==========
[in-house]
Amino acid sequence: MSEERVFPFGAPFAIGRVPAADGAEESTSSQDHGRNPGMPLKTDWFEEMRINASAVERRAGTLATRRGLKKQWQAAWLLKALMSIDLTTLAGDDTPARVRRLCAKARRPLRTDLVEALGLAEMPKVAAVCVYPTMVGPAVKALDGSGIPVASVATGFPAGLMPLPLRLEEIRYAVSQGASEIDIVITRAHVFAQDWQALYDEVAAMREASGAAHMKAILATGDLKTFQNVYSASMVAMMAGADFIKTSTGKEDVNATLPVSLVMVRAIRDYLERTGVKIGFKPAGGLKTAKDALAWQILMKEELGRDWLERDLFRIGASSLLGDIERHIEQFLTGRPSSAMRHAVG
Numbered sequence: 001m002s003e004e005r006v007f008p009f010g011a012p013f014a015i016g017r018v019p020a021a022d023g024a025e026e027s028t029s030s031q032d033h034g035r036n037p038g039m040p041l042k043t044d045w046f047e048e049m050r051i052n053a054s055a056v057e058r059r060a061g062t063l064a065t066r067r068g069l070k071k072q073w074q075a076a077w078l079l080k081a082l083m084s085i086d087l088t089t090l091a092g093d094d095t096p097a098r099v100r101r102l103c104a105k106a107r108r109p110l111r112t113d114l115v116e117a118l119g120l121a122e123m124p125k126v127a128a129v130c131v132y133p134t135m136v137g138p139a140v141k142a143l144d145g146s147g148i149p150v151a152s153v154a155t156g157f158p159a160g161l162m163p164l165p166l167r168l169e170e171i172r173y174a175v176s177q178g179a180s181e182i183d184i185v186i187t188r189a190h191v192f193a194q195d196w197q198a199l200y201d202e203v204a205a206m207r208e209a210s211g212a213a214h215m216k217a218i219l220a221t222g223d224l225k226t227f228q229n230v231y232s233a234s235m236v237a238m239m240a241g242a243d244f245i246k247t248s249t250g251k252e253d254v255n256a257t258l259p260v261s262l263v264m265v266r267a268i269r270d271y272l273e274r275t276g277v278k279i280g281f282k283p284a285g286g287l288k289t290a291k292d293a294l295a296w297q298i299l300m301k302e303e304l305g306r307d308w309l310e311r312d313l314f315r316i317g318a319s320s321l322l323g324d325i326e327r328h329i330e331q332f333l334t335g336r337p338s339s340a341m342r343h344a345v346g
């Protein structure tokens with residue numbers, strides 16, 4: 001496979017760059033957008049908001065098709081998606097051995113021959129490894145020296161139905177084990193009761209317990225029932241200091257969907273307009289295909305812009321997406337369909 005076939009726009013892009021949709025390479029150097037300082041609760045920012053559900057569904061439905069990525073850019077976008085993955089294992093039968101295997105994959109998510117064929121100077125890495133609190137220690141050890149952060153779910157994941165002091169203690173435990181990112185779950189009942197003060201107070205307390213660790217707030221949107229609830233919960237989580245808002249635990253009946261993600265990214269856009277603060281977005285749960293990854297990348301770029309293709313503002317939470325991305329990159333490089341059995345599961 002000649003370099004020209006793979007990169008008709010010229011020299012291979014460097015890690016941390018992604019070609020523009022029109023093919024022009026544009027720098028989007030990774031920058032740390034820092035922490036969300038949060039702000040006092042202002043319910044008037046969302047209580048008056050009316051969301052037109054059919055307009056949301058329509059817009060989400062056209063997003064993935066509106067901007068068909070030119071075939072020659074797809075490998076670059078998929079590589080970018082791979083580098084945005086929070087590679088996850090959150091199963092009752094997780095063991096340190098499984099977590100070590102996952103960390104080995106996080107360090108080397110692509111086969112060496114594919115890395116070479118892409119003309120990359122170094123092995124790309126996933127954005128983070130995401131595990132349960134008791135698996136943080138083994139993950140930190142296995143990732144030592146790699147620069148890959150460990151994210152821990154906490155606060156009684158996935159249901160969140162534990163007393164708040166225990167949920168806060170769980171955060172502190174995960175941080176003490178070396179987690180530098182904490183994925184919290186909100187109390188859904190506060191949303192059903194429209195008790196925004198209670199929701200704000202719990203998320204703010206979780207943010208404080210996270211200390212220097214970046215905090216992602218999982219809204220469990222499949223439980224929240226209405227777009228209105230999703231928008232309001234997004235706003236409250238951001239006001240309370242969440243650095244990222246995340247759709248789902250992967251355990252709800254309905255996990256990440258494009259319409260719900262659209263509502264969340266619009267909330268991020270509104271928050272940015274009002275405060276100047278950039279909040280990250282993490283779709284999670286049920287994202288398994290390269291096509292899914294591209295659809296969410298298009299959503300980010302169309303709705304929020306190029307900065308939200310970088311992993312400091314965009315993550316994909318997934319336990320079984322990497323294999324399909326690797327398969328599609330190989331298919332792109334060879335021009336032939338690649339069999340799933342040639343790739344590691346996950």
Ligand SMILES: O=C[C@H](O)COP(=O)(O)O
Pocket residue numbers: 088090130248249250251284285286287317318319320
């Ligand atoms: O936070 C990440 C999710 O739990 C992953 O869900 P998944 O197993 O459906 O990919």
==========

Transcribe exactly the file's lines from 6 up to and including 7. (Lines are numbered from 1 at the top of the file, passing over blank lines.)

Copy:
Pocket residue numbers: 088090130248249250251284285286287317318319320
């Ligand atoms: O936070 C990440 C999710 O739990 C992953 O869900 P998944 O197993 O459906 O990919």